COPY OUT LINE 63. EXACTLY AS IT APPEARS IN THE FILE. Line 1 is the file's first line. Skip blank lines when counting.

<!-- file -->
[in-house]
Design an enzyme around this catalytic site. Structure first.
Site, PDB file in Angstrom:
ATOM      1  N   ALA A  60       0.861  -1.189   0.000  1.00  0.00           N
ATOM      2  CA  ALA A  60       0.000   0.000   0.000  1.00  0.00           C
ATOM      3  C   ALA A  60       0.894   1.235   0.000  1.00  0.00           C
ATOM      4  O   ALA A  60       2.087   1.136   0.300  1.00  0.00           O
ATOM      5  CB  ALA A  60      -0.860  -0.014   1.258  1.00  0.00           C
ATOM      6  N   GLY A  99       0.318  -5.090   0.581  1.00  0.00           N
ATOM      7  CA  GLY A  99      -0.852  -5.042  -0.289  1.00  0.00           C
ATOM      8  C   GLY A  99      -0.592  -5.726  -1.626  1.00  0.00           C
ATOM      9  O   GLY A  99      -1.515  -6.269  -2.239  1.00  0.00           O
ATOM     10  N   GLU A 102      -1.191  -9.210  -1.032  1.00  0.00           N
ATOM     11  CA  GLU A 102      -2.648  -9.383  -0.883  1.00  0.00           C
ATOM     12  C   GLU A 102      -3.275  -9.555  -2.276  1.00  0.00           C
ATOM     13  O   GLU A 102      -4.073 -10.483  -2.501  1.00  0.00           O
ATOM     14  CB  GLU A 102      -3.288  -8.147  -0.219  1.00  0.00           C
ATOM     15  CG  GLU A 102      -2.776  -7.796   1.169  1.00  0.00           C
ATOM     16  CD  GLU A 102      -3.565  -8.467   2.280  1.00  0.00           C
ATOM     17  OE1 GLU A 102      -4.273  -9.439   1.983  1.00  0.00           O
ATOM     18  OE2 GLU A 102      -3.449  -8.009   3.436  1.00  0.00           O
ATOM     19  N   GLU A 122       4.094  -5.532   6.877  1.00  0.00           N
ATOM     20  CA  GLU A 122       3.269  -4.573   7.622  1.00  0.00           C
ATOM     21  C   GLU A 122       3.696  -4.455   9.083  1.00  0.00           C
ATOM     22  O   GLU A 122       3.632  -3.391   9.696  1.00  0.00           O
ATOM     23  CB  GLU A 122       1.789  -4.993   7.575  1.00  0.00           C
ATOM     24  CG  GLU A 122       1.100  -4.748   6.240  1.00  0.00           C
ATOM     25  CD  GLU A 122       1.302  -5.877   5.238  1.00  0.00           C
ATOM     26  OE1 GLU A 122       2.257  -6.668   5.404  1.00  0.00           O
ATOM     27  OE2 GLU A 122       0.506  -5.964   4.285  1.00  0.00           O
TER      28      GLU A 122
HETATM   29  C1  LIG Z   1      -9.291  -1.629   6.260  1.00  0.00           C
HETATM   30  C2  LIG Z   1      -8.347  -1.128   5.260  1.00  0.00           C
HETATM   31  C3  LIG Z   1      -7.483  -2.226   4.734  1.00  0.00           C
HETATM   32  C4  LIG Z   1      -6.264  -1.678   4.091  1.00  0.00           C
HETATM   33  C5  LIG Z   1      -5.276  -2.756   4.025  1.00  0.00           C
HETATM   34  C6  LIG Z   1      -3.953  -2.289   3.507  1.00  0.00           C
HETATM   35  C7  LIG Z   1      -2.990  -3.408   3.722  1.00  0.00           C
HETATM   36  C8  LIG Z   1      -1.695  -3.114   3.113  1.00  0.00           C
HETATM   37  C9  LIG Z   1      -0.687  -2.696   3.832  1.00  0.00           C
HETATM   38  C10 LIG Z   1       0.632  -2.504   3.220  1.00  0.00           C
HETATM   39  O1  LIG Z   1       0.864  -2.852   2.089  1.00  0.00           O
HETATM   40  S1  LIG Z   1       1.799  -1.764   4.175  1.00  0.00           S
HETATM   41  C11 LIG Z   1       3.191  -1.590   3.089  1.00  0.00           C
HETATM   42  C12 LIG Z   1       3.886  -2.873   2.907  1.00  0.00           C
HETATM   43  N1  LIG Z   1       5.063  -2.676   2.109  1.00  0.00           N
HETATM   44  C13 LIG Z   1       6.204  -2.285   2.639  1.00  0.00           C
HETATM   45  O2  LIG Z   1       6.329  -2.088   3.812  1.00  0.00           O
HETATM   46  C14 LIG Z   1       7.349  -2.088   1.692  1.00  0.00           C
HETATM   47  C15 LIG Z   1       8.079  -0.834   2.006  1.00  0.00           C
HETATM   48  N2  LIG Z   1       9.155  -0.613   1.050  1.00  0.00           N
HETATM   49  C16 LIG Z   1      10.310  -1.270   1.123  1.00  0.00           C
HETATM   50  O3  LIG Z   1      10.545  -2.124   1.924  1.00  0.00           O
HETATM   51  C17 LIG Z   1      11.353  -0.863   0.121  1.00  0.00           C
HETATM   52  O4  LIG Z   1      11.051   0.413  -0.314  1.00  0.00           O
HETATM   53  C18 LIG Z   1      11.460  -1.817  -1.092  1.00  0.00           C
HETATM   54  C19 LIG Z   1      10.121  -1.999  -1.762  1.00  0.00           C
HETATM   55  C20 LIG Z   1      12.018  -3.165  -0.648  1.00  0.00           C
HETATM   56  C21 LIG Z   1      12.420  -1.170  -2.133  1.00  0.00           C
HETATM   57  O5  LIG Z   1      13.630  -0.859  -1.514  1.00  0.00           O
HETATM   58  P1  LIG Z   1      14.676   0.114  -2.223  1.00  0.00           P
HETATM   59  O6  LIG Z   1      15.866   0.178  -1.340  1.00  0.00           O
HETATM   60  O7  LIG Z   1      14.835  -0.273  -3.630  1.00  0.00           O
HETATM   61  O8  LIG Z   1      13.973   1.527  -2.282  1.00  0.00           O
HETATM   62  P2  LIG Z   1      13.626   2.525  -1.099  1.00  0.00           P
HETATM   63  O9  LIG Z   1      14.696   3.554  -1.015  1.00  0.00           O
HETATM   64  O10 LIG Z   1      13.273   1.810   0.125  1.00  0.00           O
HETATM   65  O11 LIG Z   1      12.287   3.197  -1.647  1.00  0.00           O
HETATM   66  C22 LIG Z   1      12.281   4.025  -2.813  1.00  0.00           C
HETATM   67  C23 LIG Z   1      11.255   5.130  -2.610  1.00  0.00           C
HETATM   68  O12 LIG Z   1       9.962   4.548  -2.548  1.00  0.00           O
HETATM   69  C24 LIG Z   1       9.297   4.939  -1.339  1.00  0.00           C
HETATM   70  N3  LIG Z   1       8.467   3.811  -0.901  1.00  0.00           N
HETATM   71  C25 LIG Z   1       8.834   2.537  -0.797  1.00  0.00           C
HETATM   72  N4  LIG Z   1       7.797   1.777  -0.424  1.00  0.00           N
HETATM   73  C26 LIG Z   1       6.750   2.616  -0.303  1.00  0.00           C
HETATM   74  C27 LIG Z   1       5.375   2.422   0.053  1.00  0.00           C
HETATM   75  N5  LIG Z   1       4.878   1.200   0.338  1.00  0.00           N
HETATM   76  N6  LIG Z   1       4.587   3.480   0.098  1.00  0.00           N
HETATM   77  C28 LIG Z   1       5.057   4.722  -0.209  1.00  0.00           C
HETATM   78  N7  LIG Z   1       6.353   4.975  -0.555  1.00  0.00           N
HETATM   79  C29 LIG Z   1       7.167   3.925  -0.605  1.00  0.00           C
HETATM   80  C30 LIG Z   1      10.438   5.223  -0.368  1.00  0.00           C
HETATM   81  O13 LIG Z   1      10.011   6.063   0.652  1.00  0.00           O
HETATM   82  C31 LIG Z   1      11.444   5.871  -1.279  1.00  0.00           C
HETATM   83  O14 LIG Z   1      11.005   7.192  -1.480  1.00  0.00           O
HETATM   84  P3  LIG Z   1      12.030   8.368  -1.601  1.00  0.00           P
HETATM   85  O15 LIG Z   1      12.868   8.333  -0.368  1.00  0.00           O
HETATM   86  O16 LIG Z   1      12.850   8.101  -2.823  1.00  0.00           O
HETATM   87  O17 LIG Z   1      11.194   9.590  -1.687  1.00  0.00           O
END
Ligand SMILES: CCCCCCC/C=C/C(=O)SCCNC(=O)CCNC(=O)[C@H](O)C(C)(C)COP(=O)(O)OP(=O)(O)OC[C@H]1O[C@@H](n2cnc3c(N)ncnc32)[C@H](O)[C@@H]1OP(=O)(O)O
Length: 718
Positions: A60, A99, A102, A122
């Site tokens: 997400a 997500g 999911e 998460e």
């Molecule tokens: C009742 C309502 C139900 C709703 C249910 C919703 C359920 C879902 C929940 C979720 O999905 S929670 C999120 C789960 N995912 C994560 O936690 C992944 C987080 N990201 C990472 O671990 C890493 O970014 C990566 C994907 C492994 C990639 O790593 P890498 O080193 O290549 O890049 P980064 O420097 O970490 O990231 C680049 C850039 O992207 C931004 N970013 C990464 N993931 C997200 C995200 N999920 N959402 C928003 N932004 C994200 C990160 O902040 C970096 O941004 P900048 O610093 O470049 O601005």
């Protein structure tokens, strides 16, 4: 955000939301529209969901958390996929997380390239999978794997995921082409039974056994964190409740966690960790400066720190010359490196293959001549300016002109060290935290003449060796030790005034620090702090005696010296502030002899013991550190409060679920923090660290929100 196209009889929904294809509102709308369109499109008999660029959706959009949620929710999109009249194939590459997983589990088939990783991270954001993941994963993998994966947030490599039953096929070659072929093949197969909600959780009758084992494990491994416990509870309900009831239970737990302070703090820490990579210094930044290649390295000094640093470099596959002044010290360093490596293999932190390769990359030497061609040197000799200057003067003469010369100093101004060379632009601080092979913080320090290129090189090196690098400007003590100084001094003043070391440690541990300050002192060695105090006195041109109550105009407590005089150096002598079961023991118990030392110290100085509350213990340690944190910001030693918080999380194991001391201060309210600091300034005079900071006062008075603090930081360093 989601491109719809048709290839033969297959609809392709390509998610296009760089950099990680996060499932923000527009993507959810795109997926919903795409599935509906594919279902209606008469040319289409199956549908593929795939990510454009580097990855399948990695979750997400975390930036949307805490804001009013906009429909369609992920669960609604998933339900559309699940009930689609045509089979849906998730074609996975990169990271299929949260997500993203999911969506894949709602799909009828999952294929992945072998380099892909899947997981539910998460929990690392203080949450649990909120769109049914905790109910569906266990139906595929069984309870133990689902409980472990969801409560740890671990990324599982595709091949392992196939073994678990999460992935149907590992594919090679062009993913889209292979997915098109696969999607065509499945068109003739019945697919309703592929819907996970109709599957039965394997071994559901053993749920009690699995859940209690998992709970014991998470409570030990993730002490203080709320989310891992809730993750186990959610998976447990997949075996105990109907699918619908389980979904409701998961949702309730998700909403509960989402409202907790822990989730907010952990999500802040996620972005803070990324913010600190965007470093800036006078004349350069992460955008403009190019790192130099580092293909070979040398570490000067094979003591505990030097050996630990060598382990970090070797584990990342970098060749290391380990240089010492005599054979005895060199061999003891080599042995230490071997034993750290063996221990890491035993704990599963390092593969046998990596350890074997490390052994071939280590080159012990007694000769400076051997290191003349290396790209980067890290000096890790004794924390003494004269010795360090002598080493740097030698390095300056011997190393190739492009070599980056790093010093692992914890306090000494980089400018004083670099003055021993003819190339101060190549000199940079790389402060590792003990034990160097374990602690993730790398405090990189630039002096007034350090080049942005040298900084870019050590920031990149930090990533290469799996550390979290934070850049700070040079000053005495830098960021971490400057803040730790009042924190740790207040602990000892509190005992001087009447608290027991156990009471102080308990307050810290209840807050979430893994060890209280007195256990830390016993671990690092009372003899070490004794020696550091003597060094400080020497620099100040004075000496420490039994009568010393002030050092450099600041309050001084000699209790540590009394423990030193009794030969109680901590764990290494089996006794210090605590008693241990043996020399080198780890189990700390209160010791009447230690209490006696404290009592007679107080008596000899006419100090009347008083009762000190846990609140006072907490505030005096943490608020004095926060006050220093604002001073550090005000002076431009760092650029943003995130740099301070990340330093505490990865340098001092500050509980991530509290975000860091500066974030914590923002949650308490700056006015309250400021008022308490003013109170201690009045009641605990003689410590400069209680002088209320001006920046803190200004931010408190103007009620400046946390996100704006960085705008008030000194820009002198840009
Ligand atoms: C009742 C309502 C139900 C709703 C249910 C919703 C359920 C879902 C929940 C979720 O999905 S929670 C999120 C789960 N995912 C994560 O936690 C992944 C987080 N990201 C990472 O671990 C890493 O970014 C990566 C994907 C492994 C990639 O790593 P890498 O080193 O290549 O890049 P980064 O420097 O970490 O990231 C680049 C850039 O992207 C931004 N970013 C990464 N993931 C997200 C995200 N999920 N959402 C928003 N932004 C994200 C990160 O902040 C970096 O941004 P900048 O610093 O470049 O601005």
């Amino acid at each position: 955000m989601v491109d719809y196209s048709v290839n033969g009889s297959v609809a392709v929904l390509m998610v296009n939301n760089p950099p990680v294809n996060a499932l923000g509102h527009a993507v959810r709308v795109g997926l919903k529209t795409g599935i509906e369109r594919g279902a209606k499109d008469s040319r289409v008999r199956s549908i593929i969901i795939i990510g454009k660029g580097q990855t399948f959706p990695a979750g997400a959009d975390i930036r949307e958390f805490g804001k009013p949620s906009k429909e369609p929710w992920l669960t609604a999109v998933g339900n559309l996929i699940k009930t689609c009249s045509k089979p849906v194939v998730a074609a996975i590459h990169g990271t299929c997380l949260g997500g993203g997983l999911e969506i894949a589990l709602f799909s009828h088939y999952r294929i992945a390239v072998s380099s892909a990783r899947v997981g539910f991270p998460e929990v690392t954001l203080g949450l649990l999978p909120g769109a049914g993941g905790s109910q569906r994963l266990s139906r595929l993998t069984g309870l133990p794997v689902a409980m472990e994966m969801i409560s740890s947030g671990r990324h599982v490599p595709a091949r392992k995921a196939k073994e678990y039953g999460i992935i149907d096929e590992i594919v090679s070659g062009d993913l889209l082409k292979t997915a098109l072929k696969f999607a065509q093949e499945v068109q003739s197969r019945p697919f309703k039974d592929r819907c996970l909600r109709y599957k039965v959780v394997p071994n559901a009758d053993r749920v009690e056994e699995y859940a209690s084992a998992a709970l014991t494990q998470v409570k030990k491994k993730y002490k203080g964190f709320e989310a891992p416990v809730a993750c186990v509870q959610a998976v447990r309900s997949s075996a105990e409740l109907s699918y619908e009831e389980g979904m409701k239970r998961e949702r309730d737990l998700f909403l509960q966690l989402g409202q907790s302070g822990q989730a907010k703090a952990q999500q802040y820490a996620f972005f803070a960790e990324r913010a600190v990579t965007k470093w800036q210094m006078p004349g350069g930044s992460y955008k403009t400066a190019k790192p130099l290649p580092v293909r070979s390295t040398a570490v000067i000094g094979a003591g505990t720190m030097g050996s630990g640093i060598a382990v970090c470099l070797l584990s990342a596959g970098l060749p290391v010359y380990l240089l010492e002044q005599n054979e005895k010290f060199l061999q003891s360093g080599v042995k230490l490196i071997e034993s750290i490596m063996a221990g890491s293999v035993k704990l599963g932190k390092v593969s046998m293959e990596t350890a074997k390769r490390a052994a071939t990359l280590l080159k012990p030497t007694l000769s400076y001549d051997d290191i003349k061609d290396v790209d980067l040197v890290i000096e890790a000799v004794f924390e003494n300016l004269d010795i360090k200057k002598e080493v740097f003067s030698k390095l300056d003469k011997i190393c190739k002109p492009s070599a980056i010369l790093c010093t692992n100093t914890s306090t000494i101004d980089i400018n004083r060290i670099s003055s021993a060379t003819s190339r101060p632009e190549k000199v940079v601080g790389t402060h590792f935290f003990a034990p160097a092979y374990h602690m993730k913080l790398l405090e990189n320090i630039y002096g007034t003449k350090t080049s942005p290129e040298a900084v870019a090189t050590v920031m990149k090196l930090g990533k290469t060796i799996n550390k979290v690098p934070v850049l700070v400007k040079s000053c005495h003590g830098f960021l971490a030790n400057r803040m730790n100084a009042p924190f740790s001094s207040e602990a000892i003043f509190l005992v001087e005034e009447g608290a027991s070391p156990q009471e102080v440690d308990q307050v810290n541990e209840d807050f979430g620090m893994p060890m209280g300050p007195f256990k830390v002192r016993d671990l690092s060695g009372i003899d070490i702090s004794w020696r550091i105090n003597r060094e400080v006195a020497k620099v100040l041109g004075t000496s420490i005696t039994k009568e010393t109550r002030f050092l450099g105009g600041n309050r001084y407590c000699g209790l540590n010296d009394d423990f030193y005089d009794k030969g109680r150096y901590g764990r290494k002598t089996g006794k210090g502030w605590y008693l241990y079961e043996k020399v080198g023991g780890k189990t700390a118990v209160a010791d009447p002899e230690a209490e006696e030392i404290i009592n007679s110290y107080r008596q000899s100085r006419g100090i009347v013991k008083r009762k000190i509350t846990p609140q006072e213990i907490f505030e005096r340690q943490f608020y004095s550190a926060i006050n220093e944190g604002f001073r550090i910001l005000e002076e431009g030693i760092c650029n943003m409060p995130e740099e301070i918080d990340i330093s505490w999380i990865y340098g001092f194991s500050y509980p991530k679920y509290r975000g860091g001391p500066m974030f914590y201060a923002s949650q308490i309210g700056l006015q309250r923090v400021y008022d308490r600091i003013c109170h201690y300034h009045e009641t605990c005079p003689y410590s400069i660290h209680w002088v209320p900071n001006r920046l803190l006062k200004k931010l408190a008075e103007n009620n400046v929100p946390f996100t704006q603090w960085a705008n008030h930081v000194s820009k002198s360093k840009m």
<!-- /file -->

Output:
HETATM   60  O7  LIG Z   1      14.835  -0.273  -3.630  1.00  0.00           O